Ireland’s Energy and Climate Plan: Consolidation, Cohesion, Consultation

IIEA2nd October 20181min
It has been well-documented that Ireland is unlikely to meet its 2020 climate and energy targets. To meet the country’s 2030 targets, an ambitious, but realistic, climate and energy roadmap is needed now.

Ireland is required to meet a series of decarbonisation and renewable energy targets by 2020, yet it has been well-documented that the country is unlikely to meet these.

To get back on track and meet the 2030 targets an ambitious, but realistic, climate and energy roadmap is needed now.

Under European law, Ireland must produce a draft Integrated National Energy and Climate Plan (NECP) for the period 2021-2030 by the end of 2018. This plan must set out detailed policy measures to demonstrate that Ireland is doing its part to meet EU energy and climate targets.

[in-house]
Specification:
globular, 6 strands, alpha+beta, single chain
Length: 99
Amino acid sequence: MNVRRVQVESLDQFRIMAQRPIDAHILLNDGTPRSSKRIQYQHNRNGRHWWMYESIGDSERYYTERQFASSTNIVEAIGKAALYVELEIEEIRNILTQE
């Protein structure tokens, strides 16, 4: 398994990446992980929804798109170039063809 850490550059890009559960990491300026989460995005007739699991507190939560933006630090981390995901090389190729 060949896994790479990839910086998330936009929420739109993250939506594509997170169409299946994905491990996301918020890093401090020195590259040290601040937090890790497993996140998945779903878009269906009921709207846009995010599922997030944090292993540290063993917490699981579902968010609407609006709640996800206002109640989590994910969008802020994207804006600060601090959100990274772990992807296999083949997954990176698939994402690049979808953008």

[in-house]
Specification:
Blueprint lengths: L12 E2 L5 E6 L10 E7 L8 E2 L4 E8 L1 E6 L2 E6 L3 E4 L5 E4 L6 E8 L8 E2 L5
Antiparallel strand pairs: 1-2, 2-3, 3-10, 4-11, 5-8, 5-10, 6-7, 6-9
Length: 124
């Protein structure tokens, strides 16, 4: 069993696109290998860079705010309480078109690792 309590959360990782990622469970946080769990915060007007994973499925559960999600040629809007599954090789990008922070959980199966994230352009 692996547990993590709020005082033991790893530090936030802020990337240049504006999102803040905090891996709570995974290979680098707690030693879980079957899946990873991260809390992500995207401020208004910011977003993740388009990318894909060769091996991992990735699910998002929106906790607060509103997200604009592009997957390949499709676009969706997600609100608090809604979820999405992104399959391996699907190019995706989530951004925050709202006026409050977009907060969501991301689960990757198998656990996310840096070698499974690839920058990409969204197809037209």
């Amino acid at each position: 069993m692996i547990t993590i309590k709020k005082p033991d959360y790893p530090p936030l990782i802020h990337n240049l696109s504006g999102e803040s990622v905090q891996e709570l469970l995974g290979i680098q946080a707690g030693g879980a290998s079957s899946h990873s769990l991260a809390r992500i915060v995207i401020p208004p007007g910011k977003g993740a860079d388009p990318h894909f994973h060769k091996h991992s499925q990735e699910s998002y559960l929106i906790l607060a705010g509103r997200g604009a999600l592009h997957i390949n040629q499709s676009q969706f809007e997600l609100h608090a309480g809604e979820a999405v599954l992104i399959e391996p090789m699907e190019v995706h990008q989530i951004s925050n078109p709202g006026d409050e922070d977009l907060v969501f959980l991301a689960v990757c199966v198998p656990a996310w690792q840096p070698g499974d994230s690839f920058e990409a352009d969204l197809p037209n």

This IIEA publication argues that, while this task appears daunting at first glance, it is also an opportunity to revisit Ireland’s energy and climate policy. The author argues that drafting this plan would be more manageable when broken down into three sub-tasks:

  1. Consolidation of existing policy
  2. Assessing the coherence and ambition of policies
  3. Consultation and engagement

This approach could be beneficial as it highlights areas that may be particularly challenging, but also processes that could make these challenges easier to tackle. The public, as well as private sector stakeholders and experts, would also benefit from this framework as it shows the areas where the most impact can be had and where advocacy for ambitious policies can be most successful.

The paper can be accessed here.